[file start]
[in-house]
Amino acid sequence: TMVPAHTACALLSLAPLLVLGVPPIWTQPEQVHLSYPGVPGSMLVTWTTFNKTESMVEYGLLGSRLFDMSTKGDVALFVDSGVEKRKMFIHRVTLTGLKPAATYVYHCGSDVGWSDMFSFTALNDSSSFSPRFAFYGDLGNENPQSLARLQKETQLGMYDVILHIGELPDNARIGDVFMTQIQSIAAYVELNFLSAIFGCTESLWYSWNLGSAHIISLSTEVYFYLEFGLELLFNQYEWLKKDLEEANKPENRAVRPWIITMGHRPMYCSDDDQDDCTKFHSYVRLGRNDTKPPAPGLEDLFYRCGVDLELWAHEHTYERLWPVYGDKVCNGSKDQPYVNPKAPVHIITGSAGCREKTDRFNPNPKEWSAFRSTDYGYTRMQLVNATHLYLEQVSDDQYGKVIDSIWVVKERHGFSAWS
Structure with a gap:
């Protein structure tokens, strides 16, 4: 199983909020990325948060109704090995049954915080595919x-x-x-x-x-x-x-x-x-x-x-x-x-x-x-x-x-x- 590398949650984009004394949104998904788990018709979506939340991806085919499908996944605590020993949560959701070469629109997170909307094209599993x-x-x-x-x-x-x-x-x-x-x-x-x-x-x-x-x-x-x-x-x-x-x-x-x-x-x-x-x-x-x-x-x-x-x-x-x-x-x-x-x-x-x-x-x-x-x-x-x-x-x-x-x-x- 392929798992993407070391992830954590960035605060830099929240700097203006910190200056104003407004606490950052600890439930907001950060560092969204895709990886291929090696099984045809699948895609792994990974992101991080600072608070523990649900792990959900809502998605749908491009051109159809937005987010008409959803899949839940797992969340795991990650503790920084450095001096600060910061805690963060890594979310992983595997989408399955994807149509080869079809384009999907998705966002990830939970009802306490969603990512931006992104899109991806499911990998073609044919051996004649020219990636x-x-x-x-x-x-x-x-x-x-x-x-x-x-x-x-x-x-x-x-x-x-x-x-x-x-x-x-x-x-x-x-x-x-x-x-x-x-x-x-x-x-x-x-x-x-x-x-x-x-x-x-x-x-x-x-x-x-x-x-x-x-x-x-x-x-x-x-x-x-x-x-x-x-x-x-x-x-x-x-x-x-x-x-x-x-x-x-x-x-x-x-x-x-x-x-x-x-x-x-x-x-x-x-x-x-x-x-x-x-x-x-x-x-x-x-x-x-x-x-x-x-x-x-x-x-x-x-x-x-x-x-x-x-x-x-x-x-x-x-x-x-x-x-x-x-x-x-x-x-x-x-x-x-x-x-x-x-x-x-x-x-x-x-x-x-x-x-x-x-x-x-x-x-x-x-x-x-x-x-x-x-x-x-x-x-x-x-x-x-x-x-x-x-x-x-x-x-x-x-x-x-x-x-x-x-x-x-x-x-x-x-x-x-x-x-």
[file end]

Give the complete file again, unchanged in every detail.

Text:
[in-house]
Amino acid sequence: TMVPAHTACALLSLAPLLVLGVPPIWTQPEQVHLSYPGVPGSMLVTWTTFNKTESMVEYGLLGSRLFDMSTKGDVALFVDSGVEKRKMFIHRVTLTGLKPAATYVYHCGSDVGWSDMFSFTALNDSSSFSPRFAFYGDLGNENPQSLARLQKETQLGMYDVILHIGELPDNARIGDVFMTQIQSIAAYVELNFLSAIFGCTESLWYSWNLGSAHIISLSTEVYFYLEFGLELLFNQYEWLKKDLEEANKPENRAVRPWIITMGHRPMYCSDDDQDDCTKFHSYVRLGRNDTKPPAPGLEDLFYRCGVDLELWAHEHTYERLWPVYGDKVCNGSKDQPYVNPKAPVHIITGSAGCREKTDRFNPNPKEWSAFRSTDYGYTRMQLVNATHLYLEQVSDDQYGKVIDSIWVVKERHGFSAWS
Structure with a gap:
């Protein structure tokens, strides 16, 4: 199983909020990325948060109704090995049954915080595919x-x-x-x-x-x-x-x-x-x-x-x-x-x-x-x-x-x- 590398949650984009004394949104998904788990018709979506939340991806085919499908996944605590020993949560959701070469629109997170909307094209599993x-x-x-x-x-x-x-x-x-x-x-x-x-x-x-x-x-x-x-x-x-x-x-x-x-x-x-x-x-x-x-x-x-x-x-x-x-x-x-x-x-x-x-x-x-x-x-x-x-x-x-x-x-x- 392929798992993407070391992830954590960035605060830099929240700097203006910190200056104003407004606490950052600890439930907001950060560092969204895709990886291929090696099984045809699948895609792994990974992101991080600072608070523990649900792990959900809502998605749908491009051109159809937005987010008409959803899949839940797992969340795991990650503790920084450095001096600060910061805690963060890594979310992983595997989408399955994807149509080869079809384009999907998705966002990830939970009802306490969603990512931006992104899109991806499911990998073609044919051996004649020219990636x-x-x-x-x-x-x-x-x-x-x-x-x-x-x-x-x-x-x-x-x-x-x-x-x-x-x-x-x-x-x-x-x-x-x-x-x-x-x-x-x-x-x-x-x-x-x-x-x-x-x-x-x-x-x-x-x-x-x-x-x-x-x-x-x-x-x-x-x-x-x-x-x-x-x-x-x-x-x-x-x-x-x-x-x-x-x-x-x-x-x-x-x-x-x-x-x-x-x-x-x-x-x-x-x-x-x-x-x-x-x-x-x-x-x-x-x-x-x-x-x-x-x-x-x-x-x-x-x-x-x-x-x-x-x-x-x-x-x-x-x-x-x-x-x-x-x-x-x-x-x-x-x-x-x-x-x-x-x-x-x-x-x-x-x-x-x-x-x-x-x-x-x-x-x-x-x-x-x-x-x-x-x-x-x-x-x-x-x-x-x-x-x-x-x-x-x-x-x-x-x-x-x-x-x-x-x-x-x-x-x-x-x-x-x-x-």